The History of "Doctor Day" in Wisconsin
Doctor Day provides a unique opportunity for physicians to come together to advocate on behalf of patients and the medical profession. It features a wide range of hosts representing state medical and specialty societies, county societies, health care organizations and strategic partners.
Doctor Day 2022, again had to be held virtually due to the COVID-19 pandemic. The day was emceed by Wisconsin Medical Society President, Alicia Arnold, MD and started with a keynote address from the State of Wisconsin Medical Examining Board (MEB) Chair, Sheldon Wasserman, MD. Attorneys Guy DuBeau and Aneet Kau from the Axley law firm provided an update on the recent legal developments affecting healthcare. JR Ross moderated the Policy and Politics discussion between Democratic Party of Wisconsin chair Ben Wikler and Republican Party of Wisconsin Chair Paul Farrow. Finally lobbyist Ramie Zelenkova and Mark Grapentine shared an update on "Hot Topic" bills including efforts to extend Medicaid coverage and the APRN bill. Dr. Arnold wrapped up Doctor Day encouraging attendees to get involved with their society's legislative committees and to find ways to build relationships with their State Senator and State Assembly Representative.
Doctor Day 2021, just like most other events in the first half of 2021 was held virtually May 5, 2021. the focus was on the priority issues of Telehealth and Medicaid. Prior to virtual meetings with legislators attendees heard a keynote presentation from Dr. Susan R. Bailey, the 75th president of the American Medical Association, who presented on what healthcare will look like post COVID-19. Members of the Joint Finance Committee, Representative Mark Born (R-Beaver Dam), Representative Evan Goyke (D-Milwaukee) and Representative Greta Neubauer (D-Racine), participated on a panel moderated by Tim Stumm of Wisconsin Health News. Panelists discussed important budget topics for the 2021-2023 Biennial Budget. The panel was followed by policy breakout sessions including topics on Public Health, Health Equity and Legal Updates. There was a priority Issues Briefing before meetings with legislators.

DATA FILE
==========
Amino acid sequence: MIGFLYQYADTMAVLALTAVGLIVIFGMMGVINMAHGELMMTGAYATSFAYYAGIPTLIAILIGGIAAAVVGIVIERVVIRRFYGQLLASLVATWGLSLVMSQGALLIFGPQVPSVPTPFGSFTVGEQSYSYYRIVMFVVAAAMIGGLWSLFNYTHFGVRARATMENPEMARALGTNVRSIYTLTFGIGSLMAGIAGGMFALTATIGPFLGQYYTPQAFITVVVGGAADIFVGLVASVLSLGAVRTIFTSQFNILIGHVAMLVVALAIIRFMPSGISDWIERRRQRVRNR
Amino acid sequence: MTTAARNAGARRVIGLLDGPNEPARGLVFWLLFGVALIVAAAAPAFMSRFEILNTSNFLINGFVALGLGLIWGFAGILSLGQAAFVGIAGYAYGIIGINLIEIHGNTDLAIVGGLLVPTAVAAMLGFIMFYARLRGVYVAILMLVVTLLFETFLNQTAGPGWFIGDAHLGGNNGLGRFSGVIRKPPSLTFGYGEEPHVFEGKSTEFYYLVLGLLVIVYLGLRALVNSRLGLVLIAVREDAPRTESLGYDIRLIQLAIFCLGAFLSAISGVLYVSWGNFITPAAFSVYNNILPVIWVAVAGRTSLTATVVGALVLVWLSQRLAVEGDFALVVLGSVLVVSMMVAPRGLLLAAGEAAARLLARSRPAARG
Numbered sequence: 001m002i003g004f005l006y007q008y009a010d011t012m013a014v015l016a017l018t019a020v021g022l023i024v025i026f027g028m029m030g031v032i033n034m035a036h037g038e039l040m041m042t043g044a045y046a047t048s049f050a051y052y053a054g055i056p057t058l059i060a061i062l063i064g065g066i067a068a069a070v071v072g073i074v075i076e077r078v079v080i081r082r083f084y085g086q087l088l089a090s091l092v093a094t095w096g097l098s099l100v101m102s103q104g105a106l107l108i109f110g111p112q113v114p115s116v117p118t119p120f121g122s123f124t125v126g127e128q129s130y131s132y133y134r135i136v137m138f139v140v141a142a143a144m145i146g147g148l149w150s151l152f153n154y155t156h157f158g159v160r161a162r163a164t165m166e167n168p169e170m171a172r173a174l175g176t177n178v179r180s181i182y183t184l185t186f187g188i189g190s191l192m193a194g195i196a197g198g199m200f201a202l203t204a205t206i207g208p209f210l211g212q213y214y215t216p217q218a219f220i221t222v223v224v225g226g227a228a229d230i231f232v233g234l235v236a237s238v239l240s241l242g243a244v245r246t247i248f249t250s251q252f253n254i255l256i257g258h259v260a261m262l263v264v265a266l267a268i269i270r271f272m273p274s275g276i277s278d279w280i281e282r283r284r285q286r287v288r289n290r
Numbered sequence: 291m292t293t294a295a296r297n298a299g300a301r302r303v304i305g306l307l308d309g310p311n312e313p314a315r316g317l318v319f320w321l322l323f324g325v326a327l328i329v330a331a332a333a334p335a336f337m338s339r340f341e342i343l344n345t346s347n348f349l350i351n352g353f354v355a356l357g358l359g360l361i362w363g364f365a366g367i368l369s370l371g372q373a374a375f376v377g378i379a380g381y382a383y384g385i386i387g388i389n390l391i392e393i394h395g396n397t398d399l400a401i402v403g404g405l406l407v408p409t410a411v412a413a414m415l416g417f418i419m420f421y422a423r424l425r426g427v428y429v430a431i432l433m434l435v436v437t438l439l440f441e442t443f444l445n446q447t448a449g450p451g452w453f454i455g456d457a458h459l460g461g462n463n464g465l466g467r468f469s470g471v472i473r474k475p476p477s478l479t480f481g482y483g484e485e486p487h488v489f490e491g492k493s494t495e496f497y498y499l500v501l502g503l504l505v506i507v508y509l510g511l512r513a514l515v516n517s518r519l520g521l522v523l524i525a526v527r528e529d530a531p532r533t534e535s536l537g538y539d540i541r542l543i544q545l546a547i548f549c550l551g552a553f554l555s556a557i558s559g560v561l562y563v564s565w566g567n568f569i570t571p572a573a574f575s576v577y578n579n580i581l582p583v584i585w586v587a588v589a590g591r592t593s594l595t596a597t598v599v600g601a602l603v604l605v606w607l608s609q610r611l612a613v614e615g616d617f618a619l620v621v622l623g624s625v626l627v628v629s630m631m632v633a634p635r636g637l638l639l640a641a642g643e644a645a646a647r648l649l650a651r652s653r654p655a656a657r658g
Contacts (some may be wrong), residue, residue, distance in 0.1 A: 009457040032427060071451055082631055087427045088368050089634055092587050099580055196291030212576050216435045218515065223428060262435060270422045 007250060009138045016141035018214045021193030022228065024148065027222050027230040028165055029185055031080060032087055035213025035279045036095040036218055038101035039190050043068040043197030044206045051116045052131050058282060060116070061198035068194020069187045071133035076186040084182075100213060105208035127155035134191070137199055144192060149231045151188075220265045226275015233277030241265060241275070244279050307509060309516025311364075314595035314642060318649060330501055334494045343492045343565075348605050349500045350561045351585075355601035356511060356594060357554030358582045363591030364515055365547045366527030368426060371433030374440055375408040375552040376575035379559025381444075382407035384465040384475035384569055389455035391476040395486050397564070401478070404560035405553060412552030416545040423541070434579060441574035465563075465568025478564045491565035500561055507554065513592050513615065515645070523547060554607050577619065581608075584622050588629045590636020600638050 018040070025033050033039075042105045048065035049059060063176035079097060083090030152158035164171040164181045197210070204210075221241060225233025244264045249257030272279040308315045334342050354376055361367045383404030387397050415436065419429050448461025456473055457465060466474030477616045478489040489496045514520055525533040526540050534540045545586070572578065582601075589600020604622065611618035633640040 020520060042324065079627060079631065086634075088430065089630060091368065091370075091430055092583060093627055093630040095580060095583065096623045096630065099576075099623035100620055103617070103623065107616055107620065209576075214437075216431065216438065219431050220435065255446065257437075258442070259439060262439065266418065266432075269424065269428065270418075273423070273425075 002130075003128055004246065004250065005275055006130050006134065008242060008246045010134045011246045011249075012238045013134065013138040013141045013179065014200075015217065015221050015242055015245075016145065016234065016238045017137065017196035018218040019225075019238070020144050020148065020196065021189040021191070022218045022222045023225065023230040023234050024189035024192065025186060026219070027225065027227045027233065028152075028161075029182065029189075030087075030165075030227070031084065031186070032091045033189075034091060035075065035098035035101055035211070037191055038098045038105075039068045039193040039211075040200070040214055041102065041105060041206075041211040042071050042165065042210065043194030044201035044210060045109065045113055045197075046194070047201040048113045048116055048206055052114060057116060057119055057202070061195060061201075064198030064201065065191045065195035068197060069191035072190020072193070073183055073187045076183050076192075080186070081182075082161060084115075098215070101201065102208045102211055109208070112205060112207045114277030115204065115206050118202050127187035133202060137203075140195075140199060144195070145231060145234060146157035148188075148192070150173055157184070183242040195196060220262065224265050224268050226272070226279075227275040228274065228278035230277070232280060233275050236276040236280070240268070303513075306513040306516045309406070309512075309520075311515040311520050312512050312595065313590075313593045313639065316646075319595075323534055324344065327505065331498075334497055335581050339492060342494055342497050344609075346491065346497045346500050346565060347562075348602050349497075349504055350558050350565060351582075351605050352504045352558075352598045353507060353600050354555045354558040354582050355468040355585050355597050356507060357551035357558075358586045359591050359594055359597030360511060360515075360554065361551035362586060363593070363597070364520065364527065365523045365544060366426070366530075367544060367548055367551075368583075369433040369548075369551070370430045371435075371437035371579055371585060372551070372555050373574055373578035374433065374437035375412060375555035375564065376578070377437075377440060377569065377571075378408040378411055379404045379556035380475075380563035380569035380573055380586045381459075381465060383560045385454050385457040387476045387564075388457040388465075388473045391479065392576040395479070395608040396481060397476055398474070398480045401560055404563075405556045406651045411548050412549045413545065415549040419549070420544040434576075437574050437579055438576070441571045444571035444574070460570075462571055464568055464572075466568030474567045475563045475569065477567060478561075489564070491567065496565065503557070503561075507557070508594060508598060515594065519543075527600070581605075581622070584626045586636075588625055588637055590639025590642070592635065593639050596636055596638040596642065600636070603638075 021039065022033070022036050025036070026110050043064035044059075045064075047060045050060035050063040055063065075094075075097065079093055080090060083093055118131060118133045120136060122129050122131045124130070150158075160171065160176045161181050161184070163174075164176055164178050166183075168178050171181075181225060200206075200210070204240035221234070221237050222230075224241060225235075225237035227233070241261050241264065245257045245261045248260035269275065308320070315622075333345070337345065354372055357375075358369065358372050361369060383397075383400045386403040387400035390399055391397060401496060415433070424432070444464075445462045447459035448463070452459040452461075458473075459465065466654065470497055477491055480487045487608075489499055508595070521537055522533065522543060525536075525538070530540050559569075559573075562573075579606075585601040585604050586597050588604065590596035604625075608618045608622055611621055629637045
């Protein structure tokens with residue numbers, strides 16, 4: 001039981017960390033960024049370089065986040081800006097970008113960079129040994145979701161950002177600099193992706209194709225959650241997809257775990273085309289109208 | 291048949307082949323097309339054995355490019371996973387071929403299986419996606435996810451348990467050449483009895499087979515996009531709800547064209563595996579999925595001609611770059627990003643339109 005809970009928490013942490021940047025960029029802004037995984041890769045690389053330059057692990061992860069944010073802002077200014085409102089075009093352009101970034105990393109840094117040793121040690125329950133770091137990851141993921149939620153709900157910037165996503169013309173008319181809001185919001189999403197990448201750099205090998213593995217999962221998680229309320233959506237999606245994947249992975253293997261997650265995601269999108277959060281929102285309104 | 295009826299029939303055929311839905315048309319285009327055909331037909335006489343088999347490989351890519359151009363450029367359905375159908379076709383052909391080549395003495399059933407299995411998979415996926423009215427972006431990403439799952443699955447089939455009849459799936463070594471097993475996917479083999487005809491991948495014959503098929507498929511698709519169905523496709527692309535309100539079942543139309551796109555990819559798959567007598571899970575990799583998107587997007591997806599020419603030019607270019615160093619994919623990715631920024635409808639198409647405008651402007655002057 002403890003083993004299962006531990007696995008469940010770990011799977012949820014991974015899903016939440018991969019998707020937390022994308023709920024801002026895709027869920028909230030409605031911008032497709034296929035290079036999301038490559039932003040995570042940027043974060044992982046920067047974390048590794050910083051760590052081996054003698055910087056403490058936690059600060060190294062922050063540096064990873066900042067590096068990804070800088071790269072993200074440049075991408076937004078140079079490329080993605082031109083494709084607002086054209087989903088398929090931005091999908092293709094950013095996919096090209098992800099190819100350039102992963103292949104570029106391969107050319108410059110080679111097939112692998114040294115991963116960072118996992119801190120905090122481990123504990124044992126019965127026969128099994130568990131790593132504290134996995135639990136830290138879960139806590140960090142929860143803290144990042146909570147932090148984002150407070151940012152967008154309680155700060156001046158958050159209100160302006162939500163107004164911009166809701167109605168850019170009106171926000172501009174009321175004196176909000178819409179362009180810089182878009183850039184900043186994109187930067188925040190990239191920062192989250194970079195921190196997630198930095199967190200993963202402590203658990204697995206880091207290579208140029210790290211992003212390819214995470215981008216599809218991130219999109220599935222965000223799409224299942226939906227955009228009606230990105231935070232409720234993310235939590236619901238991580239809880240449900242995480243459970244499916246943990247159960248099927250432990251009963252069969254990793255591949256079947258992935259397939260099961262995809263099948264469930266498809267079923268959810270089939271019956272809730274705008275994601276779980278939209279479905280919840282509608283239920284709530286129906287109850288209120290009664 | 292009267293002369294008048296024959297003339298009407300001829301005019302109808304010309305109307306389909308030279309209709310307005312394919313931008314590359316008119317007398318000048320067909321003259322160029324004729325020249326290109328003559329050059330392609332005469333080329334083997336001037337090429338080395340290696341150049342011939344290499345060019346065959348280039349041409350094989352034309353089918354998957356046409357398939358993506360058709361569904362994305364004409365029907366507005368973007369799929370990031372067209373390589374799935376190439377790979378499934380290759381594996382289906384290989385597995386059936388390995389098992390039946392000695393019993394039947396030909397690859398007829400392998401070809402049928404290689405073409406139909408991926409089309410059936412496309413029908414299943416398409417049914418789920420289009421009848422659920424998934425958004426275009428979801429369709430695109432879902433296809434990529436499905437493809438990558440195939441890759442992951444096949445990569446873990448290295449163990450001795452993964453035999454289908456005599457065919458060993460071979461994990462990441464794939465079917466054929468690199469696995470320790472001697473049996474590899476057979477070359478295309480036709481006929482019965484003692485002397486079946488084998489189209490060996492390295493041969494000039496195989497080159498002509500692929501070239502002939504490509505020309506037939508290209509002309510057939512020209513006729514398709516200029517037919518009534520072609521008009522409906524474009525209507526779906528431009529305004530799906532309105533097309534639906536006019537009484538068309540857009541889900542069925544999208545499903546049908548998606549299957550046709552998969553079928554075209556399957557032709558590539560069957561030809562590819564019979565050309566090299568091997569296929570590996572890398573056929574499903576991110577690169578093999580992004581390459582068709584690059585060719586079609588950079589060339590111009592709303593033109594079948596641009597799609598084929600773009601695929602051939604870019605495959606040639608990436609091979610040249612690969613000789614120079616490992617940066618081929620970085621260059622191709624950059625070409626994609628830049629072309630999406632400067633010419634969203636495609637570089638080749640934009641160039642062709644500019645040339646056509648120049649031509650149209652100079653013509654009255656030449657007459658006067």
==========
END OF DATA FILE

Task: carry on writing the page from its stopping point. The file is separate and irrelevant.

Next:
Doctor Day 2020 focused on the priority issues of immunizations and the Clean Indoor Air Act. Prior to meeting with legislators at the State Capitol, attendees heard a keynote presentation from political pollster, Charles Franklin, PhD, who discussed polling data on Medicaid and Medicare, the upcoming elections and health care policy. Then, Senate Majority Leader Scott Fitzgerald, Senate Minority Leader Jennifer Shilling, Assembly Speaker Robin Vos and Assembly Minority Leader Gordon Hintz participated on a legislative leadership panel moderated by Tim Stumm of Wisconsin Health News. Panelists discussed the impacts of the divided government, e-cigarettes and youth vaping, the personal conviction waiver for vaccinations and prescription drug prices, among other topics. For the first time, Doctor Day 2020 included policy breakout sessions led by physicians and experts. Breakout session topics included Women’s Health, Public Health, Legal Update and the Surgical Collaborative of Wisconsin.
Doctor Day 2019 covered key issues of vaccines and the “personal conviction” exception to school vaccination law, as well as ensuring access to important Medicaid services by addressing historically low physician reimbursement rates. Nearly 400 physicians and students heard from Wisconsin Gov. Tony Evers and Department of Health Services Secretary Andrea Palm, and also participated in an issue briefing before heading to the State Capitol to meet with lawmakers. Gpv. Evers, who was introduced by his daughter Erin Schoenecker, MD, praised physicians for the care they provide and asked for their help in ensuring access to care.